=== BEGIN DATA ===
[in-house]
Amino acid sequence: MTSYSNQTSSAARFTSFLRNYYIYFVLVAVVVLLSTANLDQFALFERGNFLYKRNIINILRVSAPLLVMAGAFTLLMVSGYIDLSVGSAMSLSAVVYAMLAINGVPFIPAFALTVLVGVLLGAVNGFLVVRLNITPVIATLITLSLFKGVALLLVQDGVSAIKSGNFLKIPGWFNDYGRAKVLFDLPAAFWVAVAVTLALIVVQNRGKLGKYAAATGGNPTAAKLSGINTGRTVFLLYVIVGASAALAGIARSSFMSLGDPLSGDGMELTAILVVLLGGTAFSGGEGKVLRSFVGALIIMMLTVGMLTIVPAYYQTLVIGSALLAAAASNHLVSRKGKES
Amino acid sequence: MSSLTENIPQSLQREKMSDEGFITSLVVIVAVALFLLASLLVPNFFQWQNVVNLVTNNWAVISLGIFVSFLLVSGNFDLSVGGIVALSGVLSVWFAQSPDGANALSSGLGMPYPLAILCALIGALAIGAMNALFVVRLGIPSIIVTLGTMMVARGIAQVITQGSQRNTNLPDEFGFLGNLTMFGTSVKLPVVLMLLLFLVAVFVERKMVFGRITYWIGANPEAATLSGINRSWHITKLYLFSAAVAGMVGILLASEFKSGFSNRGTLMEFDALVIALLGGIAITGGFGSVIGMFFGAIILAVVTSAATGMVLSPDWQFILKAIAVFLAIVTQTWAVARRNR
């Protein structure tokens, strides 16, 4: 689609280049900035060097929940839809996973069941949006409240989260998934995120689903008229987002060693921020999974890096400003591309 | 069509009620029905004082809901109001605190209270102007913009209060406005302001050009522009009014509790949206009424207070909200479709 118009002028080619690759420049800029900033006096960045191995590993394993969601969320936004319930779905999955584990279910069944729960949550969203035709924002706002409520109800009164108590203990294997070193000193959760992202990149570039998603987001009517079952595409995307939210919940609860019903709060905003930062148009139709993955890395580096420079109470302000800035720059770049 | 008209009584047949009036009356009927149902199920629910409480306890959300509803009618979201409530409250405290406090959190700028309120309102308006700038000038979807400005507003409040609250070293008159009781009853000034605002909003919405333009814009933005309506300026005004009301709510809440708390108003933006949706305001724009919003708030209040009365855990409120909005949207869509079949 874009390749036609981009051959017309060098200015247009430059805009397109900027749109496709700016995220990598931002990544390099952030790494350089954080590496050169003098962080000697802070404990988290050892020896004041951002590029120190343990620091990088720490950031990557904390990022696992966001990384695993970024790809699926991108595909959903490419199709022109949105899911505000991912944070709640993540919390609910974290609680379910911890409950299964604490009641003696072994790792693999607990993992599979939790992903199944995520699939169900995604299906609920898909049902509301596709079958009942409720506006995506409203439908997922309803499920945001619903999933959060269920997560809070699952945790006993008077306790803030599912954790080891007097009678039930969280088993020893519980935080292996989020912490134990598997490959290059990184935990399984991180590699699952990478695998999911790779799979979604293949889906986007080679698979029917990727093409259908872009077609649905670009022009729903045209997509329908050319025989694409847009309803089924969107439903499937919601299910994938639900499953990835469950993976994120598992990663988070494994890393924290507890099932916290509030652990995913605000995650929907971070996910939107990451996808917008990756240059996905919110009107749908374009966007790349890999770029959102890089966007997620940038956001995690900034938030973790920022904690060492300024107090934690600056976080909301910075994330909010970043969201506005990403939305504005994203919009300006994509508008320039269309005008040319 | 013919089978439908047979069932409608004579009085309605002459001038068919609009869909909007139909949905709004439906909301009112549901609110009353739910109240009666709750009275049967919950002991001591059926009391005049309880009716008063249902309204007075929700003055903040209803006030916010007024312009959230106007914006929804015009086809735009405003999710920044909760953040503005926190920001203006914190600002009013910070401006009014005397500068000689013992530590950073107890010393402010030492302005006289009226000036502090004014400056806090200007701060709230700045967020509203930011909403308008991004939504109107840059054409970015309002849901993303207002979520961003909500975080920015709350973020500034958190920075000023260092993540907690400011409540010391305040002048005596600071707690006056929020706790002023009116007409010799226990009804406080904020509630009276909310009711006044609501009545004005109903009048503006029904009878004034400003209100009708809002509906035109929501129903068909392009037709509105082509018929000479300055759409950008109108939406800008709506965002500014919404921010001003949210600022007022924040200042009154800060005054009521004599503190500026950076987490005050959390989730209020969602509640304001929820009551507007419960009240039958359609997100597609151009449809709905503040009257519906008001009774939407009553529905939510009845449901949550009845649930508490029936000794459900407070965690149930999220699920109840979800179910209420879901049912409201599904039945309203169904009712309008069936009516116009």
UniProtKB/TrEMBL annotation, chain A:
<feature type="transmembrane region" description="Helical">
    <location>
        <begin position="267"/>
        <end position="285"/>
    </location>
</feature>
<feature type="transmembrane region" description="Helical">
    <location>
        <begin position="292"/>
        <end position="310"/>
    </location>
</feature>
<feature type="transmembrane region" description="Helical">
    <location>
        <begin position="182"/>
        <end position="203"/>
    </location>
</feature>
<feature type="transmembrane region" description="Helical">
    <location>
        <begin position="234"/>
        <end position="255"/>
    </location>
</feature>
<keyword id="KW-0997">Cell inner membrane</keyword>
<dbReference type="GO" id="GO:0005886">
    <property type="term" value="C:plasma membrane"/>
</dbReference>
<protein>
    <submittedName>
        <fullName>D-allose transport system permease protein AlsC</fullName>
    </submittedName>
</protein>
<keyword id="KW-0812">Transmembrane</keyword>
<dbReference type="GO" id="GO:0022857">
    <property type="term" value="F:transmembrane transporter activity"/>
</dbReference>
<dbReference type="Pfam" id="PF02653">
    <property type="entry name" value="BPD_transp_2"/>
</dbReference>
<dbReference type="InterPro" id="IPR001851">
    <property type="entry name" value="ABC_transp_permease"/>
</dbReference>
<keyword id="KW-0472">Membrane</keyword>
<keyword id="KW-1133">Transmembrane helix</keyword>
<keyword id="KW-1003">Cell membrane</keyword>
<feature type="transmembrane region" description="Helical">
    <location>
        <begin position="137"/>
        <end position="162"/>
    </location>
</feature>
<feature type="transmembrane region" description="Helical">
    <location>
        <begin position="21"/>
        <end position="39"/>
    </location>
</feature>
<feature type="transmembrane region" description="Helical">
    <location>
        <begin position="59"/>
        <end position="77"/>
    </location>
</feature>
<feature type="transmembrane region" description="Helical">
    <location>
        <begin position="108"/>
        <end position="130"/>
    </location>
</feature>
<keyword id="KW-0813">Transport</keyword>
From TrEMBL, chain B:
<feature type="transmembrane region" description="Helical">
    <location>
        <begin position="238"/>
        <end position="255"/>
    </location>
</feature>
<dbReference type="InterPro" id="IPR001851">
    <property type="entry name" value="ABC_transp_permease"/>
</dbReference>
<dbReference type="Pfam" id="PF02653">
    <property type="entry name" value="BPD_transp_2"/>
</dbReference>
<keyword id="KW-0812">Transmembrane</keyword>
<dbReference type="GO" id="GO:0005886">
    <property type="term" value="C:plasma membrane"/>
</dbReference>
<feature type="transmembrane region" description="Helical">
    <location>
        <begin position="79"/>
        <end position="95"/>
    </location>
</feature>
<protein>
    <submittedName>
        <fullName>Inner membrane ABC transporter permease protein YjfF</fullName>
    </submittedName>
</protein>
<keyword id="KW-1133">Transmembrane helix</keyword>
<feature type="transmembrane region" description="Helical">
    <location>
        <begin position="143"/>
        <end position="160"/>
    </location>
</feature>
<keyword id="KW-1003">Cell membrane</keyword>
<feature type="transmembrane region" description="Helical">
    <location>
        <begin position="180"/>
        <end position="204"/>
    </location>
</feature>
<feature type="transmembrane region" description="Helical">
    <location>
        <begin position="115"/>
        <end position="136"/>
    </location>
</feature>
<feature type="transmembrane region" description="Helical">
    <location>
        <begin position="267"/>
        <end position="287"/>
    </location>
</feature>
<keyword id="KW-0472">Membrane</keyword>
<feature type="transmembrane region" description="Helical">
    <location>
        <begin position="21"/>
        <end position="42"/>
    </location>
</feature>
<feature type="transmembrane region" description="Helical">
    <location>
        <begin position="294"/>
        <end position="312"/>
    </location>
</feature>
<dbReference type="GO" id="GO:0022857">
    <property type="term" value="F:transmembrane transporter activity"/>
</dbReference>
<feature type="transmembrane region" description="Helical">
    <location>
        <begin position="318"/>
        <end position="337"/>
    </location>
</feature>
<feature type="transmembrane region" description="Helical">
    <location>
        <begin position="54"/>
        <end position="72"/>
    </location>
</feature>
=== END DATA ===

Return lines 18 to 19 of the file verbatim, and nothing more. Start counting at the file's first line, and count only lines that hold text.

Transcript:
<feature type="transmembrane region" description="Helical">
    <location>